6 continual (always on) or continuous (collected periodically at some set interval). Figure 5 describe combination of data sources and data collection methods. and involves at least two points, the measure and the reference. There is some difference between monitoring and metrics but both serve the same purpose of providing information. In this paper we use monitoring as simply paying attention to the information supplied by metrics. Figure 4: IT Security Risk Monitoring. The frequency of risk monitoring (automated or manual) depends among other things changes in organizations information system, the potential impact of risks and the degree the threat space is changing. The frequency could also be affected if automated or manual monitoring is used. By using automation it is possible to monitor a greater number of security metrics although it is not possible to fully automate all metrics, some metrics still need human analysis. NIST [10] describe eleven security automation domains that support continuous monitoring. Examples of such domain are Vulnerability management, Assets management, Network management, Information management, Configuration management, and Event management. 3.3 IT Security Metrics IT Security Risk Monitoring use Security Metrics of different kind. According to Brotby [12] metrics is a term used to indicate a measure based on a reference Figure 5: Handling of incident with help of security metrics. Security metrics can be categorized by what they measure like Performance, Outcomes, Trends, and Probabilities. How these things are measured can be further categorized by the methods used to measure them. Methods can include Maturity, Benchmarking, and Statistical analysis. Security metrics may also be classified according to how they are measured for example Quality, Throughput, Frequency, and Magnitude. Brotby [12] propose a taxonomy that defines 10 fundamental characteristics of metrics, including the following categories: Objective/Subjective Quantitative/Qualitative Static/Dynamic Absolute/Relative Direct/Indirect Some of the questions one need to ask when handling possible incident are: Is it actually an incident? ISBN: SDIWC 61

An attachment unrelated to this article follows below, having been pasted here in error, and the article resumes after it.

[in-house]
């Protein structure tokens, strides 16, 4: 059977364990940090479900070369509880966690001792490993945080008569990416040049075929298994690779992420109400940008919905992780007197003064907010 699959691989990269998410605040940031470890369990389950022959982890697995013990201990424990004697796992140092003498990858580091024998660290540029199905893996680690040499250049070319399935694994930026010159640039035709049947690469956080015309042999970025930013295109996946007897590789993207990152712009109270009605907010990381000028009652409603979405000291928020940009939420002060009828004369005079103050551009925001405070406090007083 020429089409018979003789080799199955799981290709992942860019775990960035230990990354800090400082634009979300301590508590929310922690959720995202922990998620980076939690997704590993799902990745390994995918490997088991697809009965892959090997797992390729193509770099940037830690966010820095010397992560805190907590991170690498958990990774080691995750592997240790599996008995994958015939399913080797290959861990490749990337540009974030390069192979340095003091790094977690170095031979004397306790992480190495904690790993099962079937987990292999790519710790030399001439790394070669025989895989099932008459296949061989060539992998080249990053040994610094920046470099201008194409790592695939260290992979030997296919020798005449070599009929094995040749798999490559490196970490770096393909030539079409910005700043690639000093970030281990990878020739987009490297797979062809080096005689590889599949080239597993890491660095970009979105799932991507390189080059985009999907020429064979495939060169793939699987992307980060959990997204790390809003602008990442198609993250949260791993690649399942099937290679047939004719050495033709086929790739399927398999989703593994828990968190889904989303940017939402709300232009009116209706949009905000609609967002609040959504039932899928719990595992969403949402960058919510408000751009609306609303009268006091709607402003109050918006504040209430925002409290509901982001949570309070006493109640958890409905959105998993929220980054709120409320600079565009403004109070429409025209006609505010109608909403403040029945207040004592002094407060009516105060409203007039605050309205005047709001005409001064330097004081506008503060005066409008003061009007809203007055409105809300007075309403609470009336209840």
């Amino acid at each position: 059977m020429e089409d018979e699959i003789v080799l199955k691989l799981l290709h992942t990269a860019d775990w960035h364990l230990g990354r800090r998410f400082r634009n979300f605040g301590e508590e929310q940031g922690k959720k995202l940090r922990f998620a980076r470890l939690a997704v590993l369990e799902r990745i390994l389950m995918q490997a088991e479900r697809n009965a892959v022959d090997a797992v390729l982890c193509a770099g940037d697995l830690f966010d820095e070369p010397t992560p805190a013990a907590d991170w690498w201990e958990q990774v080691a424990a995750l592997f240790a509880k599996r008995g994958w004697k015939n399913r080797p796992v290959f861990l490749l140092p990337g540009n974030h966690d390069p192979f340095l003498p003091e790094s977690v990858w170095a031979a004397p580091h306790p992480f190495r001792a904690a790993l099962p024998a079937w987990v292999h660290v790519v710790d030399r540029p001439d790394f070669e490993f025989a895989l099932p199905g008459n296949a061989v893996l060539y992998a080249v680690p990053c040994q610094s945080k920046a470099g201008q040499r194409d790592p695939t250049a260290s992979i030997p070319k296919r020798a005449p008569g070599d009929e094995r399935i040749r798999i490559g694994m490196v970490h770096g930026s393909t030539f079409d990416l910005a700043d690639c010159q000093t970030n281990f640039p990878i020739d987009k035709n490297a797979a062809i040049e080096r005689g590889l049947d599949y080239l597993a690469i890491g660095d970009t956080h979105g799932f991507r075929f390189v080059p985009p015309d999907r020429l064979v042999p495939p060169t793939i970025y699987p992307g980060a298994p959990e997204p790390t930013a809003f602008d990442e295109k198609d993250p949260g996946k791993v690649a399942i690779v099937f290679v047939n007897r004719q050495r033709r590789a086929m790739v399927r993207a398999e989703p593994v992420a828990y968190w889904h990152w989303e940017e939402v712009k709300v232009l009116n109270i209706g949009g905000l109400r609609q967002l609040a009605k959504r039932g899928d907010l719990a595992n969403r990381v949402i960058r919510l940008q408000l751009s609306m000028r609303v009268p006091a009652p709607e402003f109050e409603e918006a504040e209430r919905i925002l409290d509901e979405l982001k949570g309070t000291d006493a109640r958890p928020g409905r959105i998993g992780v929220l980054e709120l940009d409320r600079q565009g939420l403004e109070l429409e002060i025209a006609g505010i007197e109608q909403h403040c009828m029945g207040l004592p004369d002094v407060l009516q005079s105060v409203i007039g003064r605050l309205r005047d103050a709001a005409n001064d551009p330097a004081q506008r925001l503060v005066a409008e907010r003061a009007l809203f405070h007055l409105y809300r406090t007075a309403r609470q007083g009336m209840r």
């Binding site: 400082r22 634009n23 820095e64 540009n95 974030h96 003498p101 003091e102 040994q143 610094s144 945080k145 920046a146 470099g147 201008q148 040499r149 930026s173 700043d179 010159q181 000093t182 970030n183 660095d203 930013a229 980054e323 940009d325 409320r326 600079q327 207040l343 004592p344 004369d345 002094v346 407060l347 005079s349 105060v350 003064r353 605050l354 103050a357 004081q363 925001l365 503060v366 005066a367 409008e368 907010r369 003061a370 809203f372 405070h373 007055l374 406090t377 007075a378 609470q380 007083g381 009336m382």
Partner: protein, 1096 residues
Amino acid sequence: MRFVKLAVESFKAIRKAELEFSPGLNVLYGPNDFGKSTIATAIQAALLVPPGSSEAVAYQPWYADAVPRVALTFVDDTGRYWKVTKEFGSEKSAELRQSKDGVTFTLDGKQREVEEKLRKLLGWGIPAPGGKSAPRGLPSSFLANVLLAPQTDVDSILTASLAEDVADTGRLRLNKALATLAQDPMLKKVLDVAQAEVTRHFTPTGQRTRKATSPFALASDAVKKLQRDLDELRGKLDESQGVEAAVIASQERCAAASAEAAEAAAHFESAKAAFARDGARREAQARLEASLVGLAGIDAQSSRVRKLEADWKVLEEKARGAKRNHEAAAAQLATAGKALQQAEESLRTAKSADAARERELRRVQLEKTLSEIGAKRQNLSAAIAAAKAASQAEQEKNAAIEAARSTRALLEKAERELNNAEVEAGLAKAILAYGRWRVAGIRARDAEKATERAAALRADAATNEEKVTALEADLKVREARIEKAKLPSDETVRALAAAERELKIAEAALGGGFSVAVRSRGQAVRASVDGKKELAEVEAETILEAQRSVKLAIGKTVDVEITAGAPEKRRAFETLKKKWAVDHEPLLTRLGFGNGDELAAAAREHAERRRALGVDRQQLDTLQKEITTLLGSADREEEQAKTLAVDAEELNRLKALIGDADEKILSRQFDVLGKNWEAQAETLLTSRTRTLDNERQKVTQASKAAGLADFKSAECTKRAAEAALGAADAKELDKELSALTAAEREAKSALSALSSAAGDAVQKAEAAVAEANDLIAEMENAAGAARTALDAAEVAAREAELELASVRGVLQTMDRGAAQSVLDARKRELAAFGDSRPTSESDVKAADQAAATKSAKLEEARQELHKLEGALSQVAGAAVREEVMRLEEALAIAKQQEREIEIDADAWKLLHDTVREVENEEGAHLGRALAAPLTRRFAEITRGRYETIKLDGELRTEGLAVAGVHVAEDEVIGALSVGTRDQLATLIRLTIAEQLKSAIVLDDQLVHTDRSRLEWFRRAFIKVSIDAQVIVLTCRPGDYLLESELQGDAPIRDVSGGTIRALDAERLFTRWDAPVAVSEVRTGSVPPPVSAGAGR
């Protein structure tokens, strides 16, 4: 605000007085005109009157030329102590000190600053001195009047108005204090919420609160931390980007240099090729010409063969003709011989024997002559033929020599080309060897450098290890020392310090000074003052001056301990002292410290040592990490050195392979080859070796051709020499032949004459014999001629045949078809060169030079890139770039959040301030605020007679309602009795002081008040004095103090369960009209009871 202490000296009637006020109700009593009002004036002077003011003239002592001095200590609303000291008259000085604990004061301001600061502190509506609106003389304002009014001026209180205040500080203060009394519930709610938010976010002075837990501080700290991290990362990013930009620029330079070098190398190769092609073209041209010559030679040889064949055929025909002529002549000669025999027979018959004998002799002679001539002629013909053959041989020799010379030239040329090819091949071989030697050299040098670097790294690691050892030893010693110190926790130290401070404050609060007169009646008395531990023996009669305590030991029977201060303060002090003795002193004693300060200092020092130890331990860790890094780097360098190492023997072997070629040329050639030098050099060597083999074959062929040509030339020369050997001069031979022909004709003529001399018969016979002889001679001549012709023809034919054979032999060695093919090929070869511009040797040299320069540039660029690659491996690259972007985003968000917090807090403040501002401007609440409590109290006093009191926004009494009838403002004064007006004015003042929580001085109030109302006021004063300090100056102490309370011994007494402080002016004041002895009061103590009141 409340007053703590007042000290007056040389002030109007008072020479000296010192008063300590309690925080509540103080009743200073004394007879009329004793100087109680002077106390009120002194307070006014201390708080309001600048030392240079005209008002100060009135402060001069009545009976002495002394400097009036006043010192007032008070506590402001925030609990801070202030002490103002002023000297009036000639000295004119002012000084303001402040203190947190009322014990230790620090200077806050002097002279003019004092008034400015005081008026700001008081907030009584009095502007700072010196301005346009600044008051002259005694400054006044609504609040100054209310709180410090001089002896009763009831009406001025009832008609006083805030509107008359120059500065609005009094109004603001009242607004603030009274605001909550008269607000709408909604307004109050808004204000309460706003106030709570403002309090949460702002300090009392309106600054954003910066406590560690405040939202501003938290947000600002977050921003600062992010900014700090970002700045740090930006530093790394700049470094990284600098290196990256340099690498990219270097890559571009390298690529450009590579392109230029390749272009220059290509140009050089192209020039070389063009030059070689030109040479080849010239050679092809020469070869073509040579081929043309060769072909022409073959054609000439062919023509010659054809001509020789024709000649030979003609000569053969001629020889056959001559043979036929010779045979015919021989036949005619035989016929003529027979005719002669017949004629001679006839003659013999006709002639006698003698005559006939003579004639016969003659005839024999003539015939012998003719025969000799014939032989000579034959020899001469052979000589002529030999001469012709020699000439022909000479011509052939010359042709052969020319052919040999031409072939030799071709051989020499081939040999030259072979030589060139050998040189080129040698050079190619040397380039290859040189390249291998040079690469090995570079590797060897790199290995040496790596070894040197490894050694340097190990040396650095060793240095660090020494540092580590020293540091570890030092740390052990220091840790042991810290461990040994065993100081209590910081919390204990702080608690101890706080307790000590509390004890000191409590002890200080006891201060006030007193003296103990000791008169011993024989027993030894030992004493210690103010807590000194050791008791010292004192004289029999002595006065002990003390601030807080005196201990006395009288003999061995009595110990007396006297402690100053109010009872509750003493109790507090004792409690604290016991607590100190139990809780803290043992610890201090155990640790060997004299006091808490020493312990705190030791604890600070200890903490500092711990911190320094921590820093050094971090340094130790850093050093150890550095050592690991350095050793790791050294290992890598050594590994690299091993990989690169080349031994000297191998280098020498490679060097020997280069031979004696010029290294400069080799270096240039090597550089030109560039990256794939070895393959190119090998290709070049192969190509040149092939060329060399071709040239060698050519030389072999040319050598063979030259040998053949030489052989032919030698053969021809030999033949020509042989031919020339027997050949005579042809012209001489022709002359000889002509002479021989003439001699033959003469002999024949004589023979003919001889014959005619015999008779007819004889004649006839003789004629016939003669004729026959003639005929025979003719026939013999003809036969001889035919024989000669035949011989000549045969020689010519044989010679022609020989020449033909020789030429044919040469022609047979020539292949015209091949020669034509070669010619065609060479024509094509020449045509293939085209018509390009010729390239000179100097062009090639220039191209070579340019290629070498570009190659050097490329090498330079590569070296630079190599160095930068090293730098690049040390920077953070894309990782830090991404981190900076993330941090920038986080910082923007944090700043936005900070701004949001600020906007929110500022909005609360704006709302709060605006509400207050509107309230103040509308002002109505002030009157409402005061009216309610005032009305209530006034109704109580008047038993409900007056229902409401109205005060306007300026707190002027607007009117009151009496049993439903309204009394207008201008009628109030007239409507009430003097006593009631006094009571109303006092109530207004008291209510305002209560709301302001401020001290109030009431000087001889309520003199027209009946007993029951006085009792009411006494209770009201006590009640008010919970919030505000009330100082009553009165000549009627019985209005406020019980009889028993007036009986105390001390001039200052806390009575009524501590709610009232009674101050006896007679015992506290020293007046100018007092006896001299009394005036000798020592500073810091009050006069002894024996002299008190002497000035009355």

7 Is it a security incident? Are there multiple events and impacts? What immediate actions must be taken? Who must be notified? Is it becoming a disaster? Incidents are often handled by a Help Desk which may filter incidents before some incidents are sent to The First Responder who performs the preliminary analysis. In some cases senior technical resources are assigned to resolve an incident. 3.4 IT Security Risk Escalation When handling incidents of different kind, each level has to consider if the incident would harm the acceptable risk level of the organization. Each level has basically three alternatives; you can accept the risk, you can try to mitigate the risk (risk treatment), or you can escalate the risk to the organizational level above. Reasons to escalate could for example be budgetary considerations to implement new countermeasures, or that the incident is so serious that help from a higher level is needed. One alternative for Top Management is to externalize the IT risk using insurance. Figure 6: IT Security Risk Escalation. An incident is an event that has a human root cause. All incidents are events but many events are not incidents. However in this paper we will consistently make use of the term incident. An incident is an observable change to the normal behavior of a system. A normal incident does not affect critical components and to not require participation of senior personnel. An escalated incident on the other hand affects critical production system and normally need participation of senior personnel. An emergency incident needs to be handle by an Emergency Response team. Escalation process can either be Technical or Management. 3.5 IT Security Risk Escalation Maturity Model According to Philips page 3 [13] a Capability Maturity Mode is a model for judging the maturity of the processes of an organization and for identifying the key practices that are required to increase the maturity of these processes. We present a first draft to an IT Security Risk Escalation Capability Maturity Model. We will use ISACA s Risk IT Framework [14] as a starting point when we defined our model and will use the following maturity levels: 0. Non-existent when processes are not applied at all. 1. Initial when processes are performed ad hoc and disorganized. 2. Repeatable when processes follow a regular pattern. 3. Defined when processes are documented and communicated 4. Managed when processes are monitored and measured. 5. Optimized good practices are followed and automated. Our model is built around the following attributes: Awareness and communication. Responsibility and accountability. ISBN: SDIWC 62